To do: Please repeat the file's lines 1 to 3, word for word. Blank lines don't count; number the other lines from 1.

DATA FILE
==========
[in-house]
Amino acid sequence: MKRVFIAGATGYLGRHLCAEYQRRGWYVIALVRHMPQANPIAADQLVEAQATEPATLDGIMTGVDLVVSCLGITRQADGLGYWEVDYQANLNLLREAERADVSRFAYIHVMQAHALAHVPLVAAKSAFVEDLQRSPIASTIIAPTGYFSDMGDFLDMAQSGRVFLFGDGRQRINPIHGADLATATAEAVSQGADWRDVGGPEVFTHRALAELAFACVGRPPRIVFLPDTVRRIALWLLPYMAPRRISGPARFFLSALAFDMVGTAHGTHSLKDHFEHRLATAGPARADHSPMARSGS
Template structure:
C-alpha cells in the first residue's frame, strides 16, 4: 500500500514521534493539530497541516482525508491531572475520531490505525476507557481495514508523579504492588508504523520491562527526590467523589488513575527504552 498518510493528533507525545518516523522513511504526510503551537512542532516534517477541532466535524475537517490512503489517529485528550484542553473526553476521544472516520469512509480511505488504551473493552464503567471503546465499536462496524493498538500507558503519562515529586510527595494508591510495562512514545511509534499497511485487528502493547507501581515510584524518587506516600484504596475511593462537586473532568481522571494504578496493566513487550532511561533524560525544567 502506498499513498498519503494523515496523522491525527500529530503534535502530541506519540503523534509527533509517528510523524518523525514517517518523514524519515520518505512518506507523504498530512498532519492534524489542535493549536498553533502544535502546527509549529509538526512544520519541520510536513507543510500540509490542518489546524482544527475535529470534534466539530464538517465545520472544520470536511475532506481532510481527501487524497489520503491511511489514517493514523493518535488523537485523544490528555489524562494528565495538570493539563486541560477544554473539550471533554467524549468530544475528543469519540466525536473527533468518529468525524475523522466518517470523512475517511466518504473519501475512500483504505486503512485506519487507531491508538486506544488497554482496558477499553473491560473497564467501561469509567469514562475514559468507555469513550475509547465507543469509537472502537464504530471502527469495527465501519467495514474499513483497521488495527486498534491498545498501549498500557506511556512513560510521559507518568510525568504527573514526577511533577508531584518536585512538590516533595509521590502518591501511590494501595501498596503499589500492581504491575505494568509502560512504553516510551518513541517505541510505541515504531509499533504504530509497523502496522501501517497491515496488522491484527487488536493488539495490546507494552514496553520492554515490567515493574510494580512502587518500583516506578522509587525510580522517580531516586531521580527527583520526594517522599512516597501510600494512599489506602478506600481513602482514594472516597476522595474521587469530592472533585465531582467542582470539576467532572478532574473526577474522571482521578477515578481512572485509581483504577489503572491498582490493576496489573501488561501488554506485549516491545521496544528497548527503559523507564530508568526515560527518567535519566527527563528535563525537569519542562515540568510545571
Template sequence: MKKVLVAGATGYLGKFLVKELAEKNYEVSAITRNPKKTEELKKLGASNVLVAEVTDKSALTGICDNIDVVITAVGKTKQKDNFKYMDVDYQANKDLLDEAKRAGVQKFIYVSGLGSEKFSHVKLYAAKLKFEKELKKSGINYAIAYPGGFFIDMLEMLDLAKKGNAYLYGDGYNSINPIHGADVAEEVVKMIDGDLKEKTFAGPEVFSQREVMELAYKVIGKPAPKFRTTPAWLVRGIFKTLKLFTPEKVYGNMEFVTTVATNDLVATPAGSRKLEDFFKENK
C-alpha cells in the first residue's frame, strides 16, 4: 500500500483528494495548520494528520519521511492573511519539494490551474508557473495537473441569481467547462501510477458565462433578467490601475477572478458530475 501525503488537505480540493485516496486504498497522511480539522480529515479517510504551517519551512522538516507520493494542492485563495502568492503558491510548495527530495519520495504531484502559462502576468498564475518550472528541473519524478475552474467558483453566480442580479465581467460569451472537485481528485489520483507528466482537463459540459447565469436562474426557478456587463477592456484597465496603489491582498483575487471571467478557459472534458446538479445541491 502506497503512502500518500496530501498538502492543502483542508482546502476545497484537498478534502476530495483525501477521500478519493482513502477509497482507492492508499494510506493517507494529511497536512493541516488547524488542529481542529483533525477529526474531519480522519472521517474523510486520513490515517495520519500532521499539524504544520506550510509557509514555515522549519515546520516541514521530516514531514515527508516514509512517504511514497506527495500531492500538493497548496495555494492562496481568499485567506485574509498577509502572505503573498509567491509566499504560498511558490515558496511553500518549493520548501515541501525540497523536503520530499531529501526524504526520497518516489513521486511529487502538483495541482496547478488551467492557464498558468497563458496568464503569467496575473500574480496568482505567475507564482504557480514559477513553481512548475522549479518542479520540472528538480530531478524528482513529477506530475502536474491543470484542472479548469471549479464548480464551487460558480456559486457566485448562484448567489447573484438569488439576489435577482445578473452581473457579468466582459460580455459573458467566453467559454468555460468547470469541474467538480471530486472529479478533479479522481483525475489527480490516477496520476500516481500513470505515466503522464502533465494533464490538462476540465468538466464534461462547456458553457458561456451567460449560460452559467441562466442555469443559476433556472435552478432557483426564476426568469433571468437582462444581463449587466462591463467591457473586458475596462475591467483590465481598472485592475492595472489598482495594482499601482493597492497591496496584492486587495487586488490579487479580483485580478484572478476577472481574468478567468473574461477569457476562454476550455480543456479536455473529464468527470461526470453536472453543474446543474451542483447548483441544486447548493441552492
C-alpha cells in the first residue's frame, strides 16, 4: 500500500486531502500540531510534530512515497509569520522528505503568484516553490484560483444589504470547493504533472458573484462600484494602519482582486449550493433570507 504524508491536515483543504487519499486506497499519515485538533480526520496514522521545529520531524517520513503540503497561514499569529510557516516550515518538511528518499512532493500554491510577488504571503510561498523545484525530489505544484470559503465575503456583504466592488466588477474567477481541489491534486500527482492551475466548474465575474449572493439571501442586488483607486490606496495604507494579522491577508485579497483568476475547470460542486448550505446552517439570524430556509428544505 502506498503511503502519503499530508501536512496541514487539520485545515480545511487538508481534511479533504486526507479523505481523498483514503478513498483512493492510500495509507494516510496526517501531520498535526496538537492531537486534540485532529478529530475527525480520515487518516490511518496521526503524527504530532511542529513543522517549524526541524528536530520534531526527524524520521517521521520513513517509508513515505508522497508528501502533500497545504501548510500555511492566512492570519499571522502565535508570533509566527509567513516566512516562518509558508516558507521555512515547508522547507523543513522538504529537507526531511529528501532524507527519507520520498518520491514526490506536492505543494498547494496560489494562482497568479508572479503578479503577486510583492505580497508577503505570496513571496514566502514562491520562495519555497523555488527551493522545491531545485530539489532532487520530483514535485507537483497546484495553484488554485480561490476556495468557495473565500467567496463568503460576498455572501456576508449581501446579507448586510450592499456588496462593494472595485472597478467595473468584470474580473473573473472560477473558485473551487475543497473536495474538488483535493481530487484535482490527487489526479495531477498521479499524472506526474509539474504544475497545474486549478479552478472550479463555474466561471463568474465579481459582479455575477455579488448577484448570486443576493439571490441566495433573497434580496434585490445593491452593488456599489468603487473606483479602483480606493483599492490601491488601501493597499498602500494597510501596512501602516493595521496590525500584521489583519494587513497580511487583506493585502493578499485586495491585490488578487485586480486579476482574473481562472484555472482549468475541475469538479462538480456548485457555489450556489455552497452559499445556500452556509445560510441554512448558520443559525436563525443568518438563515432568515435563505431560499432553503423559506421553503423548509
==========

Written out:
[in-house]
Amino acid sequence: MKRVFIAGATGYLGRHLCAEYQRRGWYVIALVRHMPQANPIAADQLVEAQATEPATLDGIMTGVDLVVSCLGITRQADGLGYWEVDYQANLNLLREAERADVSRFAYIHVMQAHALAHVPLVAAKSAFVEDLQRSPIASTIIAPTGYFSDMGDFLDMAQSGRVFLFGDGRQRINPIHGADLATATAEAVSQGADWRDVGGPEVFTHRALAELAFACVGRPPRIVFLPDTVRRIALWLLPYMAPRRISGPARFFLSALAFDMVGTAHGTHSLKDHFEHRLATAGPARADHSPMARSGS
Template structure: